Justice Resounding: Dave Brubeck and Contemporary Responses to The Gates of Justice

A revival of The Gates of Justice anchors a three-day festival that the Lowell Milken Center for Music of American Jewish Experience will present on February 26-28 in Los Angeles. Leading up to the performance, artists, and scholars involved with the festival reflected on the significance of Brubeck’s trailblazing cantata and how music and choral singing continue to be vehicles for probing issues of race and social justice.

No matter what focus the quest for social justice takes, music’s power to unify and inspire its participants remains a constant. Freedom songs, union songs, African American spirituals and gospel: all of these played an indispensable role, respectively, in the struggle against apartheid, the push for workers’ rights, and the mid-20th-century Civil Rights Movement.

With The Gates of Justice, his ambitious, trailblazing cantata from 1969 (scored for two soloists and chorus; an orchestra of brass, percussion, and organ; and jazz trio), Dave Brubeck articulated in musical form his understanding of Dr. Martin Luther King, Jr.,’s iconic, era-defining dream of transformative social justice. In the process, Brubeck sought to reconcile the division perceived to be growing between Black and Jewish communities in the aftermath of King’s assassination in 1968.

A revival of The Gates of Justice will serve as the anchor for a three-day festival that the Lowell Milken Center for Music of American Jewish Experience is presenting February 26-28 in Los Angeles. A timelier choice to launch the Milken Center’s new Music and Justice project would be hard to imagine. Music and Justice will comprise a series of concerts, scholarly presentations, and dialogue that will probe issues of race and social justice in contemporary life. 


Enacting Brubeck’s Vision at the Milken Center

“Because of their long history of suffering, Jews and American Blacks know better than any other people the consequences of hate and alienation,” Brubeck wrote in his original program note for The Gates of Justice. The work weaves together aspects of both musical traditions with his innovative jazz style at its most expansive, including improvisatory interludes by his jazz trio of piano, bass, and drums. Iola Brubeck, the composer’s wife, crafted the libretto for the cantata from a collage of biblical passages, Hebrew prayers, spirituals, and excerpts from King’s speeches and the writings of the ancient Jewish sage Hillel, along with her own lyrics.

“We’re trying to enact the vision that Dave and Iola Brubeck put into the work,” explains Mark Kligman, director of the Milken Center, which opened in 2020 at UCLA’s Herb Alpert School of Music; The Gates of Justice festival marks the Center’s public inauguration following the pandemic. Enacting that vision means bringing together performers from both the African American and the Jewish communities in a partnership to realize the conversation that is symbolized in musical terms within The Gates of Justice itself.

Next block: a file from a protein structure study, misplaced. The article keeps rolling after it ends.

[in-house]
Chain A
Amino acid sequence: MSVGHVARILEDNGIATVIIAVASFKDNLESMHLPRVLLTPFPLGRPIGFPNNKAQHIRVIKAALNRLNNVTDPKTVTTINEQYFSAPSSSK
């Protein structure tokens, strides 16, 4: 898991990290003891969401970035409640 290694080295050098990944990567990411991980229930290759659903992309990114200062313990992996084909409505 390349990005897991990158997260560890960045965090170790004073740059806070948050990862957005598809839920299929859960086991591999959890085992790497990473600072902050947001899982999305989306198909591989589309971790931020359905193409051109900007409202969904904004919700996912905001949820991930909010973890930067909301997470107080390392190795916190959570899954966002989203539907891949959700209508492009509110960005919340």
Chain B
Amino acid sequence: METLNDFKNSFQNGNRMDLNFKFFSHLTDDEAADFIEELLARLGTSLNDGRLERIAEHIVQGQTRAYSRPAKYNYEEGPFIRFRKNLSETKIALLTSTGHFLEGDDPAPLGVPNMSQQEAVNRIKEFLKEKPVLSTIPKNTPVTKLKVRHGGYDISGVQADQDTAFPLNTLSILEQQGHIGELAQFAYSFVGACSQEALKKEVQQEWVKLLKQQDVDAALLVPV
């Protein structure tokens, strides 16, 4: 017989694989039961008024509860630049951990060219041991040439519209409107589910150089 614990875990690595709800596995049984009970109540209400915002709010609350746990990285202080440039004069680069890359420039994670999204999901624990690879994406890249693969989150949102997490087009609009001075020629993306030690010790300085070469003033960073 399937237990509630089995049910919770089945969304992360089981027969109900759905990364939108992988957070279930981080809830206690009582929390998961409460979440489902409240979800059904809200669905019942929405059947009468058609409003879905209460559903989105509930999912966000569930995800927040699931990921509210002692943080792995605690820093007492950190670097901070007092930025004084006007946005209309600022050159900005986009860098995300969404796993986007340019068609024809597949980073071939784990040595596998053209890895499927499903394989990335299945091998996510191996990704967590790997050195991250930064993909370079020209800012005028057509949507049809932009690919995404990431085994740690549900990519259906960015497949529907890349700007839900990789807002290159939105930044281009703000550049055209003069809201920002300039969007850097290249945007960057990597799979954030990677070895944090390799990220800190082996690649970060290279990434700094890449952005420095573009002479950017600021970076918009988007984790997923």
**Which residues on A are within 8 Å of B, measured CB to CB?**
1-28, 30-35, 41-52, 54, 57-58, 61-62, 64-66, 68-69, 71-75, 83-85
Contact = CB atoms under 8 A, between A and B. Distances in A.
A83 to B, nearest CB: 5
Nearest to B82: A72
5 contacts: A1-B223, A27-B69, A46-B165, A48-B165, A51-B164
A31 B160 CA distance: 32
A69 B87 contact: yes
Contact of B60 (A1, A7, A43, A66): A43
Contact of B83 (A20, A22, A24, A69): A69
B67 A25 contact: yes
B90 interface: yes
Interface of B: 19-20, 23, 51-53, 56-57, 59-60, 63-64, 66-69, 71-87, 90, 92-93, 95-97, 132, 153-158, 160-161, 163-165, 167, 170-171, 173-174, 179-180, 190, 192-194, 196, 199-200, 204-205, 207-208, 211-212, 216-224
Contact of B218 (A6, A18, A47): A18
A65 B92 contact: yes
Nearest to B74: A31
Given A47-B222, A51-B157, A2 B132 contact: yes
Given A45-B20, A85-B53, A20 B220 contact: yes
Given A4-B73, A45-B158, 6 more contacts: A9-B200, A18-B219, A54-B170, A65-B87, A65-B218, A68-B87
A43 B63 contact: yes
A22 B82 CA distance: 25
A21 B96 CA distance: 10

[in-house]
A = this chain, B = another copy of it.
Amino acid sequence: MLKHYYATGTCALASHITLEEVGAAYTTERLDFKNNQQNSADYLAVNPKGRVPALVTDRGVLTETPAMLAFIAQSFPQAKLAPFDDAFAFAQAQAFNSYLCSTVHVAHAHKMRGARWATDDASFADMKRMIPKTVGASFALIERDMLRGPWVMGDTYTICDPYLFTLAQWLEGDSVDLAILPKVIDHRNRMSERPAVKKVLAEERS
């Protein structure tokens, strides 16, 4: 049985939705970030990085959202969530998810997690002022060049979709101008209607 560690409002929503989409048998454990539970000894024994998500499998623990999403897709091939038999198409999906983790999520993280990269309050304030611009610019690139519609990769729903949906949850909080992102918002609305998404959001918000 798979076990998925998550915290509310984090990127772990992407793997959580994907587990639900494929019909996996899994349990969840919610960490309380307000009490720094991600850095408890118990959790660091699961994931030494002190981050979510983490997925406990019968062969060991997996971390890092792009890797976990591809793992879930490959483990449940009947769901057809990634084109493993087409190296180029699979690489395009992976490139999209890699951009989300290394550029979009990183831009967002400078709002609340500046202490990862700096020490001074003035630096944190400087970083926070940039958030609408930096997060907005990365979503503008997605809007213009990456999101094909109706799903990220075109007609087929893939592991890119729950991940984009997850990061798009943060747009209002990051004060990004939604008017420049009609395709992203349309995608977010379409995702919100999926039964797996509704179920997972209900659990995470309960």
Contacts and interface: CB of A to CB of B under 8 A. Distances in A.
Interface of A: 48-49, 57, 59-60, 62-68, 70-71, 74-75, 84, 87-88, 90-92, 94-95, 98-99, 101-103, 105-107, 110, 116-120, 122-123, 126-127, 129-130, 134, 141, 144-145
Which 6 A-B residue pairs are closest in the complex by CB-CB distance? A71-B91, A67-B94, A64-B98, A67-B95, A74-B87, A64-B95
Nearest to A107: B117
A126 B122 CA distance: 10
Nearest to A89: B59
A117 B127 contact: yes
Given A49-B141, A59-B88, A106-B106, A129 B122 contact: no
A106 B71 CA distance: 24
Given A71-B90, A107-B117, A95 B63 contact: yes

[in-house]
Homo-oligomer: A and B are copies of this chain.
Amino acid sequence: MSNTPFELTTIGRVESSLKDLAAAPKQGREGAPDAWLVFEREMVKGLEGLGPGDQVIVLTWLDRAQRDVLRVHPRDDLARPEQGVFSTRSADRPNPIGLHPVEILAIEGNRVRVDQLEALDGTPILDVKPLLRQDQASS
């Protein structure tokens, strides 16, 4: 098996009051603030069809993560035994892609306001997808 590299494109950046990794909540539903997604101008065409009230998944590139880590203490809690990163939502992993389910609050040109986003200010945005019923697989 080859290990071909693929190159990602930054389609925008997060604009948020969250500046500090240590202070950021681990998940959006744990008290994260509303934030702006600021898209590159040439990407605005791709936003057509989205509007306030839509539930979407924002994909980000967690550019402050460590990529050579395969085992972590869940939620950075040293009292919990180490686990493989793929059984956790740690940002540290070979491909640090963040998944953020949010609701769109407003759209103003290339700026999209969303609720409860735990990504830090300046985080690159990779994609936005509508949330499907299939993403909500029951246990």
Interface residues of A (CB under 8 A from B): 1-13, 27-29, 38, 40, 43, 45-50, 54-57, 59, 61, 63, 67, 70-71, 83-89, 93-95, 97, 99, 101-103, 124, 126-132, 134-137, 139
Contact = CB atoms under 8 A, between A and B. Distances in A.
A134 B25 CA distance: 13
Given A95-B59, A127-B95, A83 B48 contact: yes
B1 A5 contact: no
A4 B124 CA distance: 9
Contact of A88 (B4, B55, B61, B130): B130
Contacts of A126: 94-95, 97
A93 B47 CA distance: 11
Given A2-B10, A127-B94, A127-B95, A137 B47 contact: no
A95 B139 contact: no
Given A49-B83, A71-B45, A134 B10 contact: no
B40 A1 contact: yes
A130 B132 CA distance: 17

“But we want to take that a step further,” Kligman says. The first part of the concert program thus presents a contemporary perspective on music and social justice issues. It includes six works by living composers. Two of these will be given their world premieres: Dear Freedom Rider by Diane White-Clayton and I Dream a World by Arturo O’Farrill. The concert will be performed twice: at Royce Hall on the UCLA campus to open the festival (in a live-streamed event) and again at Holman United Methodist Church in Mid City LA, a landmark for African American Angelenos.

Between these performances, an entire day will be devoted to a conference featuring musicians and leading scholars of jazz, African American studies, and Judaism. They will dialogue about the legacy of Brubeck’s work and about current thinking with regard to race, social justice, Black-Jewish allyship, and the implications of all this for artistic practice.


The Power of the Voice: Symbolic and Real

The Gates of Justice makes strikingly symbolic use of its vocal forces. The two main solo roles, tenor and baritone, represent a Jewish and African American presence, respectively. They are “composite characters,” as Brubeck describes them, with the tenor standing for “the prophetic voice of Hebrew tradition” while the baritone, “whose melodies stem from the blues and spirituals, is the symbol of contemporary man.” He is moreover meant to remind people “of all faiths” that “divine mandates are still waiting to be fulfilled.”

Azi Schwartz, Senior Cantor of Park Avenue Synagogue, is taking on the cantorial tenor part for the first time. He suggests that its punishingly high tessitura suggests “higher ideals, something that is awe inspiring and almost heavenly. You realize immediately all the ways in which humanity and society have fallen short of those high ideals.” The baritone (who will be sung by Phillip Bullock) also evokes a prophetic presence and, according to Schwartz, is “closer the voice of the people.” In some of the cantata’s most-impassioned moments, Brubeck blends the two solo voices to powerful effect — as if Isaiah were chiming in with Martin Luther King, Jr.

Like J.S. Bach’s Passions, The Gates of Justice is constructed around pillar-like choruses that bear the entire 12-movement structure aloft. Brubeck extended the metaphor of his cantata as a bridge between communities to delineate this architecture, likening the “improvisations, solos, and choral responses” to “the interweaving cables that span from anchoring piers.” The chorus itself he depicted as “the voice of the people who have been pawns of history … the awesome force of the unheard millions battering at the man-made barriers which have separated men [sic] from each other, and consequently from knowing the nature of God.” At “the heart of the cantata,” they erupt with “the plea, demand, and exhortation: ‘Open the Gates of Justice!’”